Today, Kyla Ross and Madison Kocian, former Olympians and current members of the NCAA UCLA gymnastics team, went on CBS This Morning to speak about the disgraced USA Gymnastics doctor Larry Nassar who was sentenced to 40 to 175 years in prison for sexually abusing hundreds of women and girls. Joined by their current coach, Valorie Kondos Field, the two women shared their stories about how USA Gymnastics spread a culture of fear and silence that allowed Nassar to get away with sexually abusing young gymnasts for years. To date, more than 150 survivors have come forward.
Kocian, a gold-medal Olympic gymnast and member of the 2016 "Final Five," said Nassar was "almost like a family member," and seemed caring compared to their coaches. "On international trips, he would bring us food, or be the person that would always ask how you're doing," she said. This was a manipulation tactic he used to get closer to the gymnasts, and ultimately keep them silent.
Both survivors agreed that the insular world of USA Gymnastics normalized Nassar's abusive tactics, and made athletes feel like they didn't have a voice or say in what went on. "Between us, we didn't think any different of [his treatments]," Kocian said. Ross, a gold-medal Olympian and member of the "Fierce Five," said it wasn't until she trained at UCLA that she realized they deserved better. "We realized that, as an athlete, we should have a voice. This is our sport, and we should enjoy it, and not be there just to win medals," she said.
Field, who started coaching UCLA in 1991, said it's been unfathomable to hear so many athletes tell the same stories about Nassar's abuse, often using the same words to describe the culture and conditions that they grew up in. "What became so clear through all of this is that anytime you put winning and medals above people, you're going to open up your organization to corrosiveness that's just going to spread like a disease," she said.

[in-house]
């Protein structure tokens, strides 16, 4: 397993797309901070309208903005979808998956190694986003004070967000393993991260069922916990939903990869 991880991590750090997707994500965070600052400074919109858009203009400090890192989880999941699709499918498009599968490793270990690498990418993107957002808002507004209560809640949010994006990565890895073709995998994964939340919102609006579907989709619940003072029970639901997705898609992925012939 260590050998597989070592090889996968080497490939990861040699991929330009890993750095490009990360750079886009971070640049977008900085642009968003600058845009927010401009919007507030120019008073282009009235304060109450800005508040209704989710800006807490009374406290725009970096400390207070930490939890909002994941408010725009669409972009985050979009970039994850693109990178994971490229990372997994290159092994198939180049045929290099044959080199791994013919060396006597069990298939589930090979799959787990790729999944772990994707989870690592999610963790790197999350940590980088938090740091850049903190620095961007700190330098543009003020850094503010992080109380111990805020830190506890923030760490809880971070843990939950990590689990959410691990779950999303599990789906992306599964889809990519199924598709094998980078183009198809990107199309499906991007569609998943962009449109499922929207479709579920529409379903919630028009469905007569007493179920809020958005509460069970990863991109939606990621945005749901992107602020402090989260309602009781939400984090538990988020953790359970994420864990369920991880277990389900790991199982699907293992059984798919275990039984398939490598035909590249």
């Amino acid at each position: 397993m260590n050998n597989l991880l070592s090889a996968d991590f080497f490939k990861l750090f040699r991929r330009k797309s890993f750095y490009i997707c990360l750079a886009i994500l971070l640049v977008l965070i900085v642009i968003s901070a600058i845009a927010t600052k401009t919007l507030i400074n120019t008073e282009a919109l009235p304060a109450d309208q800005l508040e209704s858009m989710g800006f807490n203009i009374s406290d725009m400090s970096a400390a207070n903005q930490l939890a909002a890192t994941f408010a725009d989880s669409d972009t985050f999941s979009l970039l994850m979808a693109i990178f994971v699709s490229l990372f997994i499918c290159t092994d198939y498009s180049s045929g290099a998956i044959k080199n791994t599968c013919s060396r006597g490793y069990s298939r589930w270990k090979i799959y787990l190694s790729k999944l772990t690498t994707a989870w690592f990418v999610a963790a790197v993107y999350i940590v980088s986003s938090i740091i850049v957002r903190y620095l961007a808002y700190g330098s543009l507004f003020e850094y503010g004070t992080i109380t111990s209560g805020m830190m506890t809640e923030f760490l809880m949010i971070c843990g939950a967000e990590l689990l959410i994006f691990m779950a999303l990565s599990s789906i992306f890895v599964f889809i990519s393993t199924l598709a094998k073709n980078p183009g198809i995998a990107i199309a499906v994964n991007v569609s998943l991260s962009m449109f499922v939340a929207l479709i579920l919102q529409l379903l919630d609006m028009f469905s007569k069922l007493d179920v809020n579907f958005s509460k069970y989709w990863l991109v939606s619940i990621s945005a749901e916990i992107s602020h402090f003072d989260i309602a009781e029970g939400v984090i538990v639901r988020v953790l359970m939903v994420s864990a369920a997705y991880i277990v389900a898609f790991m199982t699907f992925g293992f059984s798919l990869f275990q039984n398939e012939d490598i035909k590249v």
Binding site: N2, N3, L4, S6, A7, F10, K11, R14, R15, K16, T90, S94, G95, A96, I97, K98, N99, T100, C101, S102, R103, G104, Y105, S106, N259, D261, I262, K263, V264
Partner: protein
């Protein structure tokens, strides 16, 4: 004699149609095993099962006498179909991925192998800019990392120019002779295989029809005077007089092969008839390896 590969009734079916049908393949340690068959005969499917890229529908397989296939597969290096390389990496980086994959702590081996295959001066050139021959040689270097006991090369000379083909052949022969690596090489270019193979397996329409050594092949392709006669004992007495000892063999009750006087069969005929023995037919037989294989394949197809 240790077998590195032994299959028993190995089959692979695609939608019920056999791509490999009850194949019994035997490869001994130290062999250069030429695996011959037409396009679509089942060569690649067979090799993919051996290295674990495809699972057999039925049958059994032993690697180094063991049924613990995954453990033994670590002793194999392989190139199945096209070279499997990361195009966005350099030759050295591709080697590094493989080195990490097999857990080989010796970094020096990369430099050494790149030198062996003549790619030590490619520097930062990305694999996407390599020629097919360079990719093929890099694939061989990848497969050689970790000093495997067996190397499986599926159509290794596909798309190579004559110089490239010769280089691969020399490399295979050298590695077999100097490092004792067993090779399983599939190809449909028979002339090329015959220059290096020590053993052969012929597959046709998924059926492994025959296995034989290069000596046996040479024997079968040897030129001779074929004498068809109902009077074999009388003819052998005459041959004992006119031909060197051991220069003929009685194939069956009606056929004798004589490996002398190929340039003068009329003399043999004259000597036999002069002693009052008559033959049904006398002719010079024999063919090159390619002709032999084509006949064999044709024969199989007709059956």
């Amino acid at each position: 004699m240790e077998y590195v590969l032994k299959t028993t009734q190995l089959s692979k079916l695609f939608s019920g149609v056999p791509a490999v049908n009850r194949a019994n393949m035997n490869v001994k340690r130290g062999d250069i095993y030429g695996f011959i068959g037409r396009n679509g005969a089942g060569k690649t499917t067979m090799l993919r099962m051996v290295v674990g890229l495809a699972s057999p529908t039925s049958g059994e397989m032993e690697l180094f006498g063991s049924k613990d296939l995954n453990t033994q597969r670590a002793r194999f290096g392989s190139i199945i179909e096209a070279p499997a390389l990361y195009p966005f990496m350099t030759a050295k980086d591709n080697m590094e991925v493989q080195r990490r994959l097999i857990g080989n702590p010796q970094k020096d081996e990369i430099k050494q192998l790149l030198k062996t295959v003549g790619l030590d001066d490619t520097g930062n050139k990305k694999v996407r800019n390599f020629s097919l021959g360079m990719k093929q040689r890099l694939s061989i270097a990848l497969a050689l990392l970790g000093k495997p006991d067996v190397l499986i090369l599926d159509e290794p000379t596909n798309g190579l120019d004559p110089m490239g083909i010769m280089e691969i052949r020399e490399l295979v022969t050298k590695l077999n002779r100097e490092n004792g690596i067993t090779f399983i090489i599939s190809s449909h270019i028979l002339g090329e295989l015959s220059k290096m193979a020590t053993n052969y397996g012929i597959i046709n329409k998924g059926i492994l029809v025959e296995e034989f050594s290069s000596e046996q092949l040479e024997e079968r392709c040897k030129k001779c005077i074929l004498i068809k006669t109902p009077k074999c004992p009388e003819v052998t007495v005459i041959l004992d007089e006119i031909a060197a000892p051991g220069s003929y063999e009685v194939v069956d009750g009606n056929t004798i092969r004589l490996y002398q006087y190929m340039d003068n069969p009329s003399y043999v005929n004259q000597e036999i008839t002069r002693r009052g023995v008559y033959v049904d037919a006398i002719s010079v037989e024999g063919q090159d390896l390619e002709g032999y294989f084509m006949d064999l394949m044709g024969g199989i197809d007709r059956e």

As it turns out, the USA Gymnastics' 2018 Championship begins today in Boston. This competition is considered the most important gymnastics competition in a non-Olympic year, and the winners will go on to compete in the 2018 World Championship. Aly Raisman, who has been one of the most outspoken survivors, will be attending as a guest of the venue, TD Garden, and told the Boston Globe that USA Gymnastics didn't extend her an invitation. "Actions speak louder than words," she told the Boston Globe. "Don’t say it’s a new USA Gymnastics if you can’t invite someone who’s been speaking out." In a statement provided to CBS This Morning, the organization said: "USA Gymnastics' support is unwavering for Kyla, Madison, and all athletes who courageously came forward to share their experiences. Their powerful voices and stories will continue to be a basis for our future decisions."
But both Kocian and Ross said that they haven't heard from the organization to this day, and find their inaction disheartening. "It's been saddening to know that a lot of gymnasts have gone through this event, and they have not reached out and seen how we're doing as people," Ross said. "Not just as athletes, but as individuals who grew up in the sport."
If you have experienced sexual violence and are in need of crisis support, please call the RAINN Sexual Assault Hotline at 1-800-656-HOPE (4673).